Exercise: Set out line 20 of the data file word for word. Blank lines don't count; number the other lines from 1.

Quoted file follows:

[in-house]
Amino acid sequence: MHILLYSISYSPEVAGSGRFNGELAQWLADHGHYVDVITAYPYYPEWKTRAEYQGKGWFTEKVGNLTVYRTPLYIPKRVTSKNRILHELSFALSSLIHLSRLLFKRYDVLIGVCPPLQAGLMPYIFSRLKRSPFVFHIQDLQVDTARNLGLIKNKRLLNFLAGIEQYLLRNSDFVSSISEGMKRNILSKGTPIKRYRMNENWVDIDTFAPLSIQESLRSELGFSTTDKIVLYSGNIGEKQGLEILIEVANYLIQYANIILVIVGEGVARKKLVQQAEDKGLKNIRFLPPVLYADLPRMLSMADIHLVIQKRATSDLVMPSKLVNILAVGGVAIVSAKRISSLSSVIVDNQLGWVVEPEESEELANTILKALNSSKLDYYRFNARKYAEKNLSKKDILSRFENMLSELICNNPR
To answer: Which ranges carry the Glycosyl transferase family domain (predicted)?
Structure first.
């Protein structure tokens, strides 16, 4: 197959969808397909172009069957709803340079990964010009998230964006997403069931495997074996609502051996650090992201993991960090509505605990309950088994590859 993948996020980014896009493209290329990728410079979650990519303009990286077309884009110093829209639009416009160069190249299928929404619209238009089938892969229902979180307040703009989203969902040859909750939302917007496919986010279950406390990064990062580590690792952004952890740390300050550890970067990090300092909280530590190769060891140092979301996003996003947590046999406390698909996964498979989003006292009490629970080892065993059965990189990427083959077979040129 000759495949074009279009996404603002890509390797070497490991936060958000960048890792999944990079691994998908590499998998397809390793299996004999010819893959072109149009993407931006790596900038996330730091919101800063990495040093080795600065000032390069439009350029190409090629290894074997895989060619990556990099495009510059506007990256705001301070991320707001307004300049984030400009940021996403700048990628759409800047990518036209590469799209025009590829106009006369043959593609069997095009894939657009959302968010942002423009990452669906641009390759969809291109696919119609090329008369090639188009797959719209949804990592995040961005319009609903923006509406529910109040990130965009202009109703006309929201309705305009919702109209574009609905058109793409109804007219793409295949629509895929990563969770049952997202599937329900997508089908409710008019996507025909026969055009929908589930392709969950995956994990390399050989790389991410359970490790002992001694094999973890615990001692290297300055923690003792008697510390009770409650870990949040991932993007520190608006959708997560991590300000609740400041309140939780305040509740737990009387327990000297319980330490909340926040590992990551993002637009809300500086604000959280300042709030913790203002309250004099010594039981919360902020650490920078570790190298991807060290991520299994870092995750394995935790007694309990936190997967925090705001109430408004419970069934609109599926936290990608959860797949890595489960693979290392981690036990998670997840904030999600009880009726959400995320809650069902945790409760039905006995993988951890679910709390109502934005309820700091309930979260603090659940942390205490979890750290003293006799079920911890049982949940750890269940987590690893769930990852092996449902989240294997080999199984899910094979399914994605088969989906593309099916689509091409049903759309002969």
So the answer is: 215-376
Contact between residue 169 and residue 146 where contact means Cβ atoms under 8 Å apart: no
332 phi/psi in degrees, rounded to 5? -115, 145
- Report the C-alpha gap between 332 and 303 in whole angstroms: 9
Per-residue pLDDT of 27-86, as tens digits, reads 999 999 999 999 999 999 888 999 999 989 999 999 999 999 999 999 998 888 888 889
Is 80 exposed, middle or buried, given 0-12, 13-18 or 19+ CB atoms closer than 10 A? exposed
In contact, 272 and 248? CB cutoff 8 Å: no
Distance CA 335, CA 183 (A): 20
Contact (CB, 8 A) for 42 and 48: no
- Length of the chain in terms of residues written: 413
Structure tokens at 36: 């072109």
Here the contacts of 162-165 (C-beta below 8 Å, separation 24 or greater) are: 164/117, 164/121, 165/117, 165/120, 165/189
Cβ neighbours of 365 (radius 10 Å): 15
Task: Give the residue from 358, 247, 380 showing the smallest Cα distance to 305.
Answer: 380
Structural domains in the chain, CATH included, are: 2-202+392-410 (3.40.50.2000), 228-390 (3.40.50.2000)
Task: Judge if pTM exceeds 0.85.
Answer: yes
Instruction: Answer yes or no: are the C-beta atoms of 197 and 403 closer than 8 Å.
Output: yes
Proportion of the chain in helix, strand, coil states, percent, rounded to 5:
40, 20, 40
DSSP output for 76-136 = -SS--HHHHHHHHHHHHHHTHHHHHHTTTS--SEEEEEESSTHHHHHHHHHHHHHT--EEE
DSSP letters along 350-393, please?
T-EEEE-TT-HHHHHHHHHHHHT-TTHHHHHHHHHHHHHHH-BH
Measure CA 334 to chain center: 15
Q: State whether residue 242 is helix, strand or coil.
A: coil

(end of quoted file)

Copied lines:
Answer: 380